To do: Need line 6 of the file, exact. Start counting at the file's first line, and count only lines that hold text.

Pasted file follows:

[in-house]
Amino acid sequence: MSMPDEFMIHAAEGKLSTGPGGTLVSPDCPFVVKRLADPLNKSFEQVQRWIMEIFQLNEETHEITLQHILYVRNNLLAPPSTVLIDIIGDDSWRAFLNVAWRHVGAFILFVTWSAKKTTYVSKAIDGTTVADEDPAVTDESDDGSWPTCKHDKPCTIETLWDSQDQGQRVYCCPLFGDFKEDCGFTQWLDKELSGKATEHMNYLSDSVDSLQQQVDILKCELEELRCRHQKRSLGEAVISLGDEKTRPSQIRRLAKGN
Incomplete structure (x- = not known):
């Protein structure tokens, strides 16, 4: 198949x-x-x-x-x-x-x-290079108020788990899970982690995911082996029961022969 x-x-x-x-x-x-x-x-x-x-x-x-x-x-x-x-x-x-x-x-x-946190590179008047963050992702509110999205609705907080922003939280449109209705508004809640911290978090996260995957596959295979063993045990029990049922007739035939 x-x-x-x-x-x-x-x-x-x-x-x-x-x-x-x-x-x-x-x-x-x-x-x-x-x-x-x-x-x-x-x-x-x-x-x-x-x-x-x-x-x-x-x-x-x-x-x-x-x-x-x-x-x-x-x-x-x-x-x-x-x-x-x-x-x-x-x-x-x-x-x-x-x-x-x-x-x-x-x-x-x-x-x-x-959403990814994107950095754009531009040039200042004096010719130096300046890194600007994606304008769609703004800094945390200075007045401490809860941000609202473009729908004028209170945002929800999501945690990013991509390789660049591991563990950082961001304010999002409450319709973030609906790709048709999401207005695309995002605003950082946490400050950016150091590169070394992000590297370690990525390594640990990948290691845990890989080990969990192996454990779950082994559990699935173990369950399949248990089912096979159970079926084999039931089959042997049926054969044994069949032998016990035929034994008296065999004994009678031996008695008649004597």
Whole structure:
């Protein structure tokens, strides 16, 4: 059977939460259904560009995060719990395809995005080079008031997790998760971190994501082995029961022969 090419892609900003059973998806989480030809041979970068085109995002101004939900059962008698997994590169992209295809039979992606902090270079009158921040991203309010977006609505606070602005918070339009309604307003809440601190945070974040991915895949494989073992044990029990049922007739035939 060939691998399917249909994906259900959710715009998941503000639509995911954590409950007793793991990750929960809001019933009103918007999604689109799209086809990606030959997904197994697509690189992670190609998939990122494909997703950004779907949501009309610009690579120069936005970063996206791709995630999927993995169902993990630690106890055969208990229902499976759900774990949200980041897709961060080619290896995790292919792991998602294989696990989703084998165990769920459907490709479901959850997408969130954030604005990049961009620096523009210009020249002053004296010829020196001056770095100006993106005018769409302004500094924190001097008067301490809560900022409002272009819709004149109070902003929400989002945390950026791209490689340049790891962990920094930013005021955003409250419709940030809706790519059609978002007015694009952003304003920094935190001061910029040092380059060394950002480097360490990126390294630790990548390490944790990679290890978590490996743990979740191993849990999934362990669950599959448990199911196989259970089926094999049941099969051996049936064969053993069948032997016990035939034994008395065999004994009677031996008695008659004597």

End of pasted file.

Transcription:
């Protein structure tokens, strides 16, 4: 059977939460259904560009995060719990395809995005080079008031997790998760971190994501082995029961022969 090419892609900003059973998806989480030809041979970068085109995002101004939900059962008698997994590169992209295809039979992606902090270079009158921040991203309010977006609505606070602005918070339009309604307003809440601190945070974040991915895949494989073992044990029990049922007739035939 060939691998399917249909994906259900959710715009998941503000639509995911954590409950007793793991990750929960809001019933009103918007999604689109799209086809990606030959997904197994697509690189992670190609998939990122494909997703950004779907949501009309610009690579120069936005970063996206791709995630999927993995169902993990630690106890055969208990229902499976759900774990949200980041897709961060080619290896995790292919792991998602294989696990989703084998165990769920459907490709479901959850997408969130954030604005990049961009620096523009210009020249002053004296010829020196001056770095100006993106005018769409302004500094924190001097008067301490809560900022409002272009819709004149109070902003929400989002945390950026791209490689340049790891962990920094930013005021955003409250419709940030809706790519059609978002007015694009952003304003920094935190001061910029040092380059060394950002480097360490990126390294630790990548390490944790990679290890978590490996743990979740191993849990999934362990669950599959448990199911196989259970089926094999049941099969051996049936064969053993069948032997016990035939034994008395065999004994009677031996008695008659004597």